We seen some incredible innovations within the 3D printing space in the last couple of years. One area which presents a tremendous amount of potential is that of 3D printed electronics. Eventually we will get to a point where virtually any gadget can be 3D printed with all of its electrical components integrated within.

There are already companies like Voxel8 working on methods of printing with both thermoplastics and super conductive inks within a single process. We’ve also seen open source work being done through the RepRap initiative to embed solid metal wiring into objects during the printing process. Both these methods have shown tremendous promise, but neither is quite ready yet for everyday manufacturing.

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With this said, researchers at the Department of Mechanical Engineering, Southern Methodist University in Dallas, Texas are taking a different approach via a new 3D printing process called Fiber Encapsulation Additive Manufacturing (FEAM), which they outlined in a recent paper published by Matt Saari, Bryan Cox, Edmond Richer, Paul S. Krueger, and Adam L. Cohen. The process, which could help further the printing of electronics as well as other non-electrical printing applications, relies on a method of extruding molten thermoplastic simultaneously with a fiber so that the fiber is immediately encapsulated within the printed layer.

Photographs of structures made with the FEAM process: (a) a close-up micrograph of sectioned, mounted, and polished 25.4-mm-outside diamater (O.D.) helical coil showing 10 layers of polymer and wire; (b and c) 13- and 4-mm-O.D. nickel wire helical coils, respectively; (d) a 25-mm-O.D. copper wire helical coil; and (e) a 26-mm-wide square coil with a 600 µm corner wire radius.

Photographs of structures made with the FEAM process: (a) a close-up micrograph of sectioned, mounted, and polished 25.4-mm-outside diamater (O.D.) helical coil showing 10 layers of polymer and wire; (b and c) 13- and 4-mm-O.D. nickel wire helical coils, respectively; (d) a 25-mm-O.D. copper wire helical coil; and (e) a 26-mm-wide square coil with a 600 µm corner wire radius.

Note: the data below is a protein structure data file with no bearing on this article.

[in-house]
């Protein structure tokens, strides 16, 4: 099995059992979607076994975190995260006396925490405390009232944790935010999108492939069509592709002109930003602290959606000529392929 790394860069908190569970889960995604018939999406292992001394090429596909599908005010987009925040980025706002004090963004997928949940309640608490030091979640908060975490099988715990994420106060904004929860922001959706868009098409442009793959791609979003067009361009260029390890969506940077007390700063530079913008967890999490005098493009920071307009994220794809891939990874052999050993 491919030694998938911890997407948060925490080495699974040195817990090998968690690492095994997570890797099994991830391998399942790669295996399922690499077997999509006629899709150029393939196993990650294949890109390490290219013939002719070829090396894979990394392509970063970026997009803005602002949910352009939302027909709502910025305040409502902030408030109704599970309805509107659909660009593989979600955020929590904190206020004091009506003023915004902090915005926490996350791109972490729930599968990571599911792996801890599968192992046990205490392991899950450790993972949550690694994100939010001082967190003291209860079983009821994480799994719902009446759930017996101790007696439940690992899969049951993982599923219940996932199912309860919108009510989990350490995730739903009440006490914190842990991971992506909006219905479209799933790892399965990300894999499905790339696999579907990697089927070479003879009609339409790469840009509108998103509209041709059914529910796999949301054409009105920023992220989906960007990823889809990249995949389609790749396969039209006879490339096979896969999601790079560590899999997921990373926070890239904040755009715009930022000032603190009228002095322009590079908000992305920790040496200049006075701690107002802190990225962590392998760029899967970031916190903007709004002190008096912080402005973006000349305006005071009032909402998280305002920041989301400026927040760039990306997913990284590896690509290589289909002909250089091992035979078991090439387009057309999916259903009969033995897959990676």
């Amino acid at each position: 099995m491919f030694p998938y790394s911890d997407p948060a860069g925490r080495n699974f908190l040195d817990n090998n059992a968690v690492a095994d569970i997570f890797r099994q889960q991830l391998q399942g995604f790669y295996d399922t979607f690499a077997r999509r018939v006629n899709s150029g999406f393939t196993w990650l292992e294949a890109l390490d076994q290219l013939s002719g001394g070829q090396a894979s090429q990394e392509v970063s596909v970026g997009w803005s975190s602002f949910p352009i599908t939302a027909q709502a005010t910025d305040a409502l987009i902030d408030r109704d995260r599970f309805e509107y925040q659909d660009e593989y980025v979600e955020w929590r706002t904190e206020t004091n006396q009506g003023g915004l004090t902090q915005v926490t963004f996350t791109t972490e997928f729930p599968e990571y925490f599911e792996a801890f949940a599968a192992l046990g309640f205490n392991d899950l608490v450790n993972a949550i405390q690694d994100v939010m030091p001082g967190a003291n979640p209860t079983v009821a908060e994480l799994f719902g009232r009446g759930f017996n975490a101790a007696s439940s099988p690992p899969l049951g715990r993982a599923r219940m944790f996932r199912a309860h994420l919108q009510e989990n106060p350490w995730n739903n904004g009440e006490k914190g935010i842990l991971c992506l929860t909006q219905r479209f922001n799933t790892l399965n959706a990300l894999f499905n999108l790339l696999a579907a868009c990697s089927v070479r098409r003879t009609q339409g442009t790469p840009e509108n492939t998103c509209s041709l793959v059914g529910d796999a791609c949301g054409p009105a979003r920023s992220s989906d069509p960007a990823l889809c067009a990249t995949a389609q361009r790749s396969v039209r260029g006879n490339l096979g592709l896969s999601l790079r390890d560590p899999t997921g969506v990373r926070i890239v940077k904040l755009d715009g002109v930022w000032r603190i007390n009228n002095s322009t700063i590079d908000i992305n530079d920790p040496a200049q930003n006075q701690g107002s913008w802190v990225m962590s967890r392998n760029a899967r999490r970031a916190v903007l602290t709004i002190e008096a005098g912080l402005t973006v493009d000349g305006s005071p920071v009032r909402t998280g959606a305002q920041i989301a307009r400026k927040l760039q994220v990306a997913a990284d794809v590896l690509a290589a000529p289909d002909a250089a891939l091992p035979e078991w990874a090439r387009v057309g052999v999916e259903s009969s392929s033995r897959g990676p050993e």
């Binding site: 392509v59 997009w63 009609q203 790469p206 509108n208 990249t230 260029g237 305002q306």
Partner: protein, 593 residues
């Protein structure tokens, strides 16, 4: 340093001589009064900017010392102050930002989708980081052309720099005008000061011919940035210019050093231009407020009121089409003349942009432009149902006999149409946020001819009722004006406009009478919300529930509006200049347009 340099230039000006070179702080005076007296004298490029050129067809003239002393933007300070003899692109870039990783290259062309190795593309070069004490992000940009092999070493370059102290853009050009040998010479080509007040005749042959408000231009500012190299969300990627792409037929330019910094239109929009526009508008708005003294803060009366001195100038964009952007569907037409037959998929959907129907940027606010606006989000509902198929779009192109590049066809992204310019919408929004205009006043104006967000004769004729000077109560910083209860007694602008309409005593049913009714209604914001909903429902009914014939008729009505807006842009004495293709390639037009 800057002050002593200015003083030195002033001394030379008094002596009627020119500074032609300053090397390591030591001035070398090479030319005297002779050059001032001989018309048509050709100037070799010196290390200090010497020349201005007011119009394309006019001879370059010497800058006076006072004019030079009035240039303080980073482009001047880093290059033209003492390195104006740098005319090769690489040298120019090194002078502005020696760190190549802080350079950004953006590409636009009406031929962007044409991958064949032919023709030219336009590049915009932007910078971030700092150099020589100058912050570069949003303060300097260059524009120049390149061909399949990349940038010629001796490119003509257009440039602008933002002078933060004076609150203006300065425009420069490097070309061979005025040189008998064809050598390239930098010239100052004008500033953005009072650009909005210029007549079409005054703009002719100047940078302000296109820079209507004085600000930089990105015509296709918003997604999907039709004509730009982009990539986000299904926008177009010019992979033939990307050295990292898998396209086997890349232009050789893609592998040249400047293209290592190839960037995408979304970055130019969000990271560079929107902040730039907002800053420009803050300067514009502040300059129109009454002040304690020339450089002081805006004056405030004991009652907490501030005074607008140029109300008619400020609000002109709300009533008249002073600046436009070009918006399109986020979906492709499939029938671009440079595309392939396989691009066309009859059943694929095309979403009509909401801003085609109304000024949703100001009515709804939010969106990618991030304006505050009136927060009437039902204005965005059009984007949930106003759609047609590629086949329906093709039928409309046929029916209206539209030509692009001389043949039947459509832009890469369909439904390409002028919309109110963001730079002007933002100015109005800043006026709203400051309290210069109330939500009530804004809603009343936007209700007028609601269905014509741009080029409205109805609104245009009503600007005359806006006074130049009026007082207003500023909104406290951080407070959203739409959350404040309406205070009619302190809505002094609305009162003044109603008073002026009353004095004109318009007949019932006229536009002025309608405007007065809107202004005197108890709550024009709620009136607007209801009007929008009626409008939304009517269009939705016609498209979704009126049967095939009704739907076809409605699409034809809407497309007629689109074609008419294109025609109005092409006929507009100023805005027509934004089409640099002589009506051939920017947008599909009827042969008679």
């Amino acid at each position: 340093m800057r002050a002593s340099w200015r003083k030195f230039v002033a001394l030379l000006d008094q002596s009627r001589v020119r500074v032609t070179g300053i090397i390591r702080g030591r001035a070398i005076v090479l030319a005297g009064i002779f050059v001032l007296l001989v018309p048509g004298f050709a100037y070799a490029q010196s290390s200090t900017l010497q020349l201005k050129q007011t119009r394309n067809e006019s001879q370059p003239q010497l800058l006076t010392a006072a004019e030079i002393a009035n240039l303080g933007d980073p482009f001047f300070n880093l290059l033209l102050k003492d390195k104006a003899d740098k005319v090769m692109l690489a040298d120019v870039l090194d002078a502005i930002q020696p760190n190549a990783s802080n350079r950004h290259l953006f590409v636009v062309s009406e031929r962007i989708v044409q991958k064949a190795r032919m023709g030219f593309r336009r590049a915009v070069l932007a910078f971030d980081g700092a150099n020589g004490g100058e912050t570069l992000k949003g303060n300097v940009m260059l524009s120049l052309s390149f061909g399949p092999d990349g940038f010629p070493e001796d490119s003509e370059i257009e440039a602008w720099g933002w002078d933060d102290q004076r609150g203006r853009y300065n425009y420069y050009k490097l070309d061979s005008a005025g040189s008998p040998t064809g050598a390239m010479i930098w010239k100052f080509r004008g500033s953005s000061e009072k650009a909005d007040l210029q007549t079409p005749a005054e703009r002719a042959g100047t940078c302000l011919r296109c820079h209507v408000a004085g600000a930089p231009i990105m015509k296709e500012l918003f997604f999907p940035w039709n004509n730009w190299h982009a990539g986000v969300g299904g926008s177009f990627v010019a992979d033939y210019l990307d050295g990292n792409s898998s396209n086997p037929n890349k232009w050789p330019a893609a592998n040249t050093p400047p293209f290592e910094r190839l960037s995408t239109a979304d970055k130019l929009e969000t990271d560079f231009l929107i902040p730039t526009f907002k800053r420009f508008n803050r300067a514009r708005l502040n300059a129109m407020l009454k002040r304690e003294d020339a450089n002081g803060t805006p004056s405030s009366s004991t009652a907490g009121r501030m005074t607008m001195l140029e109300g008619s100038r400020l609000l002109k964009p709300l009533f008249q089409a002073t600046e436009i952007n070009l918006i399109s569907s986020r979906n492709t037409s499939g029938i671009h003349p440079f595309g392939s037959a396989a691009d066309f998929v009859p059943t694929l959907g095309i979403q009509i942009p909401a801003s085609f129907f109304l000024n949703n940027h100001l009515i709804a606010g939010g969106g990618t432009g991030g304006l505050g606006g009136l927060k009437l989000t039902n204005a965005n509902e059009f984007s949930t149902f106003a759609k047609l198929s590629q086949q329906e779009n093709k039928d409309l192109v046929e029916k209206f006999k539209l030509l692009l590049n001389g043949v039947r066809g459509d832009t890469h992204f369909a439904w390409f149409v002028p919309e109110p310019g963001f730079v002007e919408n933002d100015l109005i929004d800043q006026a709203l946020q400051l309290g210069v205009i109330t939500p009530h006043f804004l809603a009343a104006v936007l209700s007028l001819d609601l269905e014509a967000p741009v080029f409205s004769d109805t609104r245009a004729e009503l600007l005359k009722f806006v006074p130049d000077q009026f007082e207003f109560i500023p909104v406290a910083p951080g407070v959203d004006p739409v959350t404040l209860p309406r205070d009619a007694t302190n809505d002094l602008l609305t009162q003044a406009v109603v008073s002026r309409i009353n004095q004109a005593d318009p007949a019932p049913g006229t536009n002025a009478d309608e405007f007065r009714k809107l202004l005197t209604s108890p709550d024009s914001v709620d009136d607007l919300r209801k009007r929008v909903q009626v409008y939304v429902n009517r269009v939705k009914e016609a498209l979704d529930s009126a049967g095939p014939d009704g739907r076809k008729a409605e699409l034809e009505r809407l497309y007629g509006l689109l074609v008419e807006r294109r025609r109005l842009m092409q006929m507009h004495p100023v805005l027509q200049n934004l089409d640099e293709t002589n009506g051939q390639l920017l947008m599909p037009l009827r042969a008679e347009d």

The FEAM process can be used for a variety of electrical applications such as the printing of wiring within an object, the printing of helical coils, and the inclusion of sensors or actuators as well as other fiber-like materials. Additionally such a process could also work with other materials which are not conductive metals, in a similar fashion as the technology currently being used by Mark Forged in their Mark One 3D printer. Layer by layer an object can be printed with a molten thermoplastic which instantly coats a fiber such as Kevlar®, carbon fiber, fiberglass, or Dyneema®. This could equate to printed objects with properties superior to those of pure thermoplastics.

“Coils can be produced along with other structures to make electromechanical devices,” explains a paper describing the FEAM printing process. “For example, a cone, frame, and flexures printed from BendLay were combined with a helical Cu/BendLay coil in a single monolithic build. The result, when mounted to a 3D-printed housing containing an NdFeB magnet and amplifier, was a functional powered loudspeaker. A modification of this design could yield a voice coil actuator.”

Researchers were also able to use this process to print out a membrane switch by laying metal wires down on subsequent layers, leaving a gap between the layers. When pressed the switch is able to turn on LEDs as the wires from adjacent layers are shorted together. A second press will then turn the LEDs off.

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This new printing process still has a ways to go before it’s ready for marketable uses. Currently researchers are refining the process and have already overcome many hurdles. Initially the printer had problems printing encapsulated wires when a curve or abrupt turn is made during the print process. This is because the thermoplastic did not cool fast enough to encapsulate the wiring in time, leading to the wire leaving its intended path. Researchers were able to overcome this issue by directing cooled air immediately towards the extruded plastic once released. This quickly hardened the plastic keeping the bent wire in place.

The technology, once ready for market, should not be tremendously expensive, allowing businesses, small and large, as well as hobbyists to perhaps take advantage of these advancements, which could, in theory, lead to some rather extraordinary applications as the article on the FEAM process concludes:

“It could in principle be further extended to manufacture even more sophisticated systems—such as entire robots—by providing for automatic insertion of components and materials that are difficult or impossible to fabricate in situ, such as integrated circuits, MEMS devices, batteries, and precision mechanical components.”

As for when a printer like this will be readily available to the public, that is anyone’s guess; however, with companies like Mark Forge already pushing the limits with similar processes, my bet is we will see something sooner rather than later. Let’s hear your thoughts on this new printing method in the FEAM 3D Printing forum thread on 3DPB.com.

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